If mold is the underlying cause of the presence of many of these symptoms, it might be diagnosed as chronic inflammatory response syndrome (CIRS). CIRS is defined as:


An acute and chronic, systemic inflammatory response syndrome acquired following exposure to the interior environment of a water-damaged building with resident toxigenic organisms, including, but not limited to fungi, bacteria, actinomycetes and mycobacteria as well as inflammagens such as endotoxins, beta glucans, hemolysins, proteinases, mannans and possibly spirocyclic drimanes; as well as volatile organic compounds.


Mold exposure


If you can smell mold in your home, car or workplace, mold is present. But even if you can’t smell it or see it, mold might be present.


Mold emits mycotoxins that are invisible to the naked eye. We can breathe in or eat these mycotoxins; our skin can even absorb them. Mold toxicity happens when the body is unable to efficiently detoxify mycotoxins we’ve absorbed. Our bodies are designed to filter out toxins, through urine, bowel movements, exhalation, sweat and menstruation, but in some cases, not everyone detoxifies mold efficiently, which may be result of a specific gene (HLA DR). However, chronic exposure to mold means the body never gets a break and our cells become overloaded with toxins.


This could lead to a cellular response, known as mast cell activation, which may contribute to myriad sensitivities and extreme reactions. For example, one might be extremely sensitive to sounds, or have major reactions to foods inconsistently, or extreme responses to chemicals. One client with mold toxicity had severe skin blisters and rashes in the presence of a disinfectant spray her grocery store is now using in accordance with pandemic business guidelines. Face masks have caused rapid onset of facial rashes for others who may be experiencing mast cell activation.


If mycotoxins have not been effectively eliminated and are stored in body fat, symptoms might flare when exposed to mold –– like visiting a friend’s home, staying in a hotel, or walking into a moldy office –– even if the person is no longer living in a moldy environment.


Managing mycotoxin illness


Navigating mycotoxin illness is a committed process that can take many months or years. The plan will vary from one person to another, but here are key components of healing from toxic mold.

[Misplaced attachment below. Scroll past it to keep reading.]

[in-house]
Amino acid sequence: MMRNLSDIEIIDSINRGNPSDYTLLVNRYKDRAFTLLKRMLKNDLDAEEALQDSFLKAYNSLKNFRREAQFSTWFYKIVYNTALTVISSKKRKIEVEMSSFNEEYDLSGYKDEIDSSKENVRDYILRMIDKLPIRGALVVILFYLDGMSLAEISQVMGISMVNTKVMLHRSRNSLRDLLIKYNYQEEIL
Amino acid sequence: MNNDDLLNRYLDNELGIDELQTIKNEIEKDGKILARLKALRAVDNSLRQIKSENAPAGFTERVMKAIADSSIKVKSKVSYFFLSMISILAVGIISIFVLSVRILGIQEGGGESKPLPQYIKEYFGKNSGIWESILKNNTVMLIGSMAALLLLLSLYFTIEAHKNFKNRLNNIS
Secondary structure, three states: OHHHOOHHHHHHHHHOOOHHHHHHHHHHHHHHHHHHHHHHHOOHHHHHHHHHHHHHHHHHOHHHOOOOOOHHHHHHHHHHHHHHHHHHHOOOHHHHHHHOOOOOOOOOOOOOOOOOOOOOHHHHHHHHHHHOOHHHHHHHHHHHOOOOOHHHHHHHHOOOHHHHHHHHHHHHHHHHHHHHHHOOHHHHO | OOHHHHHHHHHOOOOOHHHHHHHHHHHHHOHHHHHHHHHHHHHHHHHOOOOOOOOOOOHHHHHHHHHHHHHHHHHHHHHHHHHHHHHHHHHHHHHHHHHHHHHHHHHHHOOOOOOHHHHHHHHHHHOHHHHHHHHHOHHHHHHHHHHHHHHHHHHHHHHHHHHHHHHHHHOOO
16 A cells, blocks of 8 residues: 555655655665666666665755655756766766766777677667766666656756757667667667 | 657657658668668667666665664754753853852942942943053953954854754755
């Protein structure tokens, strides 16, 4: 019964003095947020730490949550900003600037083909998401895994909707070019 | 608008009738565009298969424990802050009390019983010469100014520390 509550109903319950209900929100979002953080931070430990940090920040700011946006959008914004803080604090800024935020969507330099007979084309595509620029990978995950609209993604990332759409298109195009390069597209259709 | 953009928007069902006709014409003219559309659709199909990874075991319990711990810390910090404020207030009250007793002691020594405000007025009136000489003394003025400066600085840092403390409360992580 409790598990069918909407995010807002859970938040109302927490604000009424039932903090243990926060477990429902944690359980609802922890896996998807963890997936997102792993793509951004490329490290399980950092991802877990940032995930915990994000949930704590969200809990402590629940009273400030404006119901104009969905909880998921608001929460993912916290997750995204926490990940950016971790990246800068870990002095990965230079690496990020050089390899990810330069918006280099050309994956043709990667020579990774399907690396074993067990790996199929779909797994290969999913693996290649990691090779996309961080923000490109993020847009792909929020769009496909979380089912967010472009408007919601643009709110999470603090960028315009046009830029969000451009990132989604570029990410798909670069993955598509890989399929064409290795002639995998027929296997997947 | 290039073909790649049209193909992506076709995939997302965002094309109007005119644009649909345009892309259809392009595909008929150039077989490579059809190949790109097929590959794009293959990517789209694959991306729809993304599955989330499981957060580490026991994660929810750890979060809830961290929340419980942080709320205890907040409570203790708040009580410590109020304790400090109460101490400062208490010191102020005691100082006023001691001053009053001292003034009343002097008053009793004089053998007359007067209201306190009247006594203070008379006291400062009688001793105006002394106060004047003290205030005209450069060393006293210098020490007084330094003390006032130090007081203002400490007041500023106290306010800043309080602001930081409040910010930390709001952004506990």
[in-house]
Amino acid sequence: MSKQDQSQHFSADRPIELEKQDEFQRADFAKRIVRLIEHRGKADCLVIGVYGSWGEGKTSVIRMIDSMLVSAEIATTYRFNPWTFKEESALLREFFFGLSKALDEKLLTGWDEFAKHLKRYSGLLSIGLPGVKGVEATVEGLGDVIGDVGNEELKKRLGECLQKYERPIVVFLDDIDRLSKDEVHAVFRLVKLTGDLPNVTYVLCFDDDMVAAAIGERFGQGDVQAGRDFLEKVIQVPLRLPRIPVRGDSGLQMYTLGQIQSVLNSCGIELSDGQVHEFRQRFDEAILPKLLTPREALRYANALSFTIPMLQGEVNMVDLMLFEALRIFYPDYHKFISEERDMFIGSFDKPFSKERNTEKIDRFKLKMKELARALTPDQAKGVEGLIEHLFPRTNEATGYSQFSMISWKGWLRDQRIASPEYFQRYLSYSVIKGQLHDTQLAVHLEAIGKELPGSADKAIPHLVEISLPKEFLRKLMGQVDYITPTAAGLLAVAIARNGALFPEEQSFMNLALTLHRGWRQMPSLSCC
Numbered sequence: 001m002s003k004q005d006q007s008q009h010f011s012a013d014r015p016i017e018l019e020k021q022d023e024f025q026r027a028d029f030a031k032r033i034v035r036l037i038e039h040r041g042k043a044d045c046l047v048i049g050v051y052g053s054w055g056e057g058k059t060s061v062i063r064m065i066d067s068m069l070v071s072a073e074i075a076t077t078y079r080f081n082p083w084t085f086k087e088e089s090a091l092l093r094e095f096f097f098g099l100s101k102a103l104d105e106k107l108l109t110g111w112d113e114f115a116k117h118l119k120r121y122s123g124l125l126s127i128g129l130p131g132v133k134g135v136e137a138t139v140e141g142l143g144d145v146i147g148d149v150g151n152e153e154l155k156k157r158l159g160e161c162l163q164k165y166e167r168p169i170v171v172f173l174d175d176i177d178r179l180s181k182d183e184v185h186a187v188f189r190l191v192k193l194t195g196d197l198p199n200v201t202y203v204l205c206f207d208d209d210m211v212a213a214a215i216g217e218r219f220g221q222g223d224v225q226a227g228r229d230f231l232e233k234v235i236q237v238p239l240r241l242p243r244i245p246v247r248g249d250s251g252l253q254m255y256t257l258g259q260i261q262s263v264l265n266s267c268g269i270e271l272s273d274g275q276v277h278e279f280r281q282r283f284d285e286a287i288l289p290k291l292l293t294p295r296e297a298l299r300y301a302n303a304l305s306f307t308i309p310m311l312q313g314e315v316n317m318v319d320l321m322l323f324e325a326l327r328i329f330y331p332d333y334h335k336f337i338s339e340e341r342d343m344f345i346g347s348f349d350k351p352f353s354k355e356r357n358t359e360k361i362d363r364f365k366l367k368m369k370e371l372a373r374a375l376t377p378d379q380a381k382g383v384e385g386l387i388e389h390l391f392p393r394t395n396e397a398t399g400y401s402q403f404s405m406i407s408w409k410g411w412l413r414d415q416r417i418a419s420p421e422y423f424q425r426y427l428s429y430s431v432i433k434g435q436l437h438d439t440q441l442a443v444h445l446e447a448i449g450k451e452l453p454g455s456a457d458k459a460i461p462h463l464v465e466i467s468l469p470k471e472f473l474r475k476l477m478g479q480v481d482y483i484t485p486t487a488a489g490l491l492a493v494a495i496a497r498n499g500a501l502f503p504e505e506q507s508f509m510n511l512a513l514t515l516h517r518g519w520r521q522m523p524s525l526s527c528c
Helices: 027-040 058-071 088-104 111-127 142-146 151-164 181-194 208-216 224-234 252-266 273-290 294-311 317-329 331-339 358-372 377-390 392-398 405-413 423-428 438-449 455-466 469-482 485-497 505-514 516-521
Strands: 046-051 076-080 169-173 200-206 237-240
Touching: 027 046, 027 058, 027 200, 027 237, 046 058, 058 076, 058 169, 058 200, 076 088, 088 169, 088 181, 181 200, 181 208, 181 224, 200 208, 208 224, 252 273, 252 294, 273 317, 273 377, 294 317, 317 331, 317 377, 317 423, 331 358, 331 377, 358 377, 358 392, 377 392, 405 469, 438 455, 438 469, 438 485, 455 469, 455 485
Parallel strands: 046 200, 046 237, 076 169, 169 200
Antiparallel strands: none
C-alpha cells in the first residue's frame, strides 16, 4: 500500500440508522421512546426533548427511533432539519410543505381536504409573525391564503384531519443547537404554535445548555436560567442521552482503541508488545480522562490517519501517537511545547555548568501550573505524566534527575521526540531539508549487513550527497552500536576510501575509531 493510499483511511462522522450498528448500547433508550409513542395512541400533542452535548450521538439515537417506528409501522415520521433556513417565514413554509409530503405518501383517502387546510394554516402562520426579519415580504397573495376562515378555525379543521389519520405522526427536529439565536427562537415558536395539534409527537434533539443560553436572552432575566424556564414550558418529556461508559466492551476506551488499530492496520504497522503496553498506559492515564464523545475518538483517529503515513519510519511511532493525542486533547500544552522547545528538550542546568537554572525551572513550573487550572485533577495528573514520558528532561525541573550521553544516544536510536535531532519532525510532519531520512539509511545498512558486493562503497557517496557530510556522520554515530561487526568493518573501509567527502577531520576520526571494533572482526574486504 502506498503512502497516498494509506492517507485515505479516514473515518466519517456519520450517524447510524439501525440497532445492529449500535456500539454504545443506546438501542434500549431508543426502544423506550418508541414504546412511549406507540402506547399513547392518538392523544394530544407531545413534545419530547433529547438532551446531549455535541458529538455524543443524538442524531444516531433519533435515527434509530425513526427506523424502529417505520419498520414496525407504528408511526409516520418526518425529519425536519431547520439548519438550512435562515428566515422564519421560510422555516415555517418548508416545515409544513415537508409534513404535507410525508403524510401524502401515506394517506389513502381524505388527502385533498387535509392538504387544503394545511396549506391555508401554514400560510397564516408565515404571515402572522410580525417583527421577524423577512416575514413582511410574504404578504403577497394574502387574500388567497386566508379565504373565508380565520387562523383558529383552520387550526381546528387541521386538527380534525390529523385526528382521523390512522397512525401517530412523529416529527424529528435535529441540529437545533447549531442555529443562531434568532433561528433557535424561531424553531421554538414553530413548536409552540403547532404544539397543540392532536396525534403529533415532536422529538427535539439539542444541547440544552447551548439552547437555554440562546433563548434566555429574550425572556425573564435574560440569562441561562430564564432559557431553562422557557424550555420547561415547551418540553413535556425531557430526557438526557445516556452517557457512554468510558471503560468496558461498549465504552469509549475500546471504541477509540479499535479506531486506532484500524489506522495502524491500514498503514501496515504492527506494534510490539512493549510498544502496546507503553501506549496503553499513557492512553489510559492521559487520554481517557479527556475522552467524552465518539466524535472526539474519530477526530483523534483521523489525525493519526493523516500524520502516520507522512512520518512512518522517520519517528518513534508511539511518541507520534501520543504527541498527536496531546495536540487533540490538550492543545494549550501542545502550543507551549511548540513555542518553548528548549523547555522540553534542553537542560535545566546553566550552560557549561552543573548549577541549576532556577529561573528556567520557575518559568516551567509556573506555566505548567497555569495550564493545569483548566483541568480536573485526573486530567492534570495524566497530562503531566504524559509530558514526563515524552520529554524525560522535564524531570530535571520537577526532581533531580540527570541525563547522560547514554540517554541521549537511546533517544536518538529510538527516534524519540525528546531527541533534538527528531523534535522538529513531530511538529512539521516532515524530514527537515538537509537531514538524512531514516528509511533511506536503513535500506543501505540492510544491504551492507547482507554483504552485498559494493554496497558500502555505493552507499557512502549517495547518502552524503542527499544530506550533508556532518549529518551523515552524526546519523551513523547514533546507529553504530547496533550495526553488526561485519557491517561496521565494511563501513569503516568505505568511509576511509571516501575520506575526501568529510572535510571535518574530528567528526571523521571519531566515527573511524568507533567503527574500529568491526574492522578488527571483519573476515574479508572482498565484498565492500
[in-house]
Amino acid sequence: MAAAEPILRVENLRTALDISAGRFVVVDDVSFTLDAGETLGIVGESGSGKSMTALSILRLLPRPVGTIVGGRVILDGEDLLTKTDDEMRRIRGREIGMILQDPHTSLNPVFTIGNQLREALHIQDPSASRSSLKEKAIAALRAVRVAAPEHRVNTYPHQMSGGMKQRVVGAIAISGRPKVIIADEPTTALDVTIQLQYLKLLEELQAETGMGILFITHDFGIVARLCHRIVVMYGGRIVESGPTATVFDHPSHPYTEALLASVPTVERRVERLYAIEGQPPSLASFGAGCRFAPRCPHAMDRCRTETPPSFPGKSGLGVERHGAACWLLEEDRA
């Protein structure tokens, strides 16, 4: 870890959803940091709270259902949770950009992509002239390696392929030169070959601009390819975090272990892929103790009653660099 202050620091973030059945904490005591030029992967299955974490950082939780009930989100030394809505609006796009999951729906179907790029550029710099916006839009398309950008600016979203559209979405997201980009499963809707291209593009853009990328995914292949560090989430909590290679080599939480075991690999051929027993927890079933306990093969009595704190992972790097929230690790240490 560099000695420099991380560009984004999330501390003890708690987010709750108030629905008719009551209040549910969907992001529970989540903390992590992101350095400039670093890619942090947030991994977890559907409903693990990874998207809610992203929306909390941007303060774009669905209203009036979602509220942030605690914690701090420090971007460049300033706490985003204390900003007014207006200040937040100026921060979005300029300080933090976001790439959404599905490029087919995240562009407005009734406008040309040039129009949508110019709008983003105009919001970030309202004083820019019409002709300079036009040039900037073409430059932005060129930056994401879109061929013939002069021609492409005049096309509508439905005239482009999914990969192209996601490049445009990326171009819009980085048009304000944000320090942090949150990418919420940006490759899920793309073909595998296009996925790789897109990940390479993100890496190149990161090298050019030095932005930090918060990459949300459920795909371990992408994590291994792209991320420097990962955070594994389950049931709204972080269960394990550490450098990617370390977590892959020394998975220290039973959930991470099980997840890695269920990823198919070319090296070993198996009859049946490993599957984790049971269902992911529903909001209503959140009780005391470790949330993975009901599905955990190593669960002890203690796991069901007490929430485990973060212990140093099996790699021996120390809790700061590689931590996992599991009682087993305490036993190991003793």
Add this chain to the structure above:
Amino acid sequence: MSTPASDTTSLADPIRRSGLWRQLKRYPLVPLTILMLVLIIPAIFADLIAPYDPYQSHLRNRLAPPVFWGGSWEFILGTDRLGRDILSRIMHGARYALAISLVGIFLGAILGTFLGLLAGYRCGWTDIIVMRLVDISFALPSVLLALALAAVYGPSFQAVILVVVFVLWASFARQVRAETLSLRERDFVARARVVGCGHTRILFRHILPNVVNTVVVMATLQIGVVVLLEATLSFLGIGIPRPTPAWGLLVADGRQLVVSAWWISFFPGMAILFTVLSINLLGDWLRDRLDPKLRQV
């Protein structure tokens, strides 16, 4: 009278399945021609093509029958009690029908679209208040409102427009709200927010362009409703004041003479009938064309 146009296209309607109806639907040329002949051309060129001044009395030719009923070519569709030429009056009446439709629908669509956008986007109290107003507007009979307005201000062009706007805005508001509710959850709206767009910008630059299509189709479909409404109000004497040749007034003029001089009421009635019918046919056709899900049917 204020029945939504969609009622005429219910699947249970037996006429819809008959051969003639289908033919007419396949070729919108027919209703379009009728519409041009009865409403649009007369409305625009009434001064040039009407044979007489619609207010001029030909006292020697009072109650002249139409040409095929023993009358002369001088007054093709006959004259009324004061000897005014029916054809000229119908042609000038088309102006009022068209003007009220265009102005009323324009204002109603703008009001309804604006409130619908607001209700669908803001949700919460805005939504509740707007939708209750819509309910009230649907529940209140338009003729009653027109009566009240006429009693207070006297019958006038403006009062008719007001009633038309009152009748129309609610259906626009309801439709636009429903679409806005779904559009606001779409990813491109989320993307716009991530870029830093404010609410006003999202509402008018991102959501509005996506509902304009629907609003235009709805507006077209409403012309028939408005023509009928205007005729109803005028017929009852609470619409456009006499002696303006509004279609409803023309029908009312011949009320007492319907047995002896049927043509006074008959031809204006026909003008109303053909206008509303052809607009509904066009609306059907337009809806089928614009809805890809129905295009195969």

Remove yourself from the environment and properly remediate environment.

Mindful eating. Load your body with nutrient-dense foods, from vegetables and fruits to pasture-raised or wild animals, legumes, beans and whole grains (like fresh-milled sorghum, buckwheat, einkorn, quinoa, etc) if your body can tolerate grains. Minimize or avoid processed foods with added ingredients and preservatives. Limit or avoid foods that tend to cause inflammatory responses, like gluten (wheat, barley, rye), pasteurized dairy, and processed sugar (opt for honey, maple syrup, dates or stevia instead). Notice your personal responses to these foods and how they affect your symptoms; not all will affect all. Be mindful of foods that tend to be contaminated with mold, like peanuts (I once opened a peanut shell that was filled with mold!), pistachios, coffee beans, chocolate and even some grains.

Manage stress. This is key to rebalancing adrenals (the glands that secrete stress hormones like cortisol, adrenaline, norepinephrine, and sex hormone precursors to androgens and estrogens), managing mast cell activation and sensitivities. Because the body stores memory at a cellular level, using techniques that help to repattern these autopilot responses beneath the conscious mind are an essential piece of the puzzle. Furthermore, when our bodies are in a perpetual state of stress response (whether induced by the pathogen, worry over health, or otherwise), it cannot efficiently move into the parasympathetic nervous system, which is essential for cellular healing.


Supplementation. Using various supplemental nutrients help the body create and assimilate nutrients that are impacted by mycotoxins. For instance, glutathione is depleted in mold illness, so N-Acetyl Cysteine (NAC), a precursor to glutathione production, can be a helpful supplement for some. Quercetin can be helpful for managing the histamine response of mast cell activation. Supplements that help increase oxygenation can also be helpful. Ensuring proper electrolyte balance can be key for some; I like using Hyland’s homeopathic cell salts Kali Phos (potassium and phosphorous) and Nat Mur (sodium and chlorine) or ConcenTrace Trace Minerals Drops. Magnesium is also helpful for aiding in detoxification, calming nerves and muscles and many more physiological functions.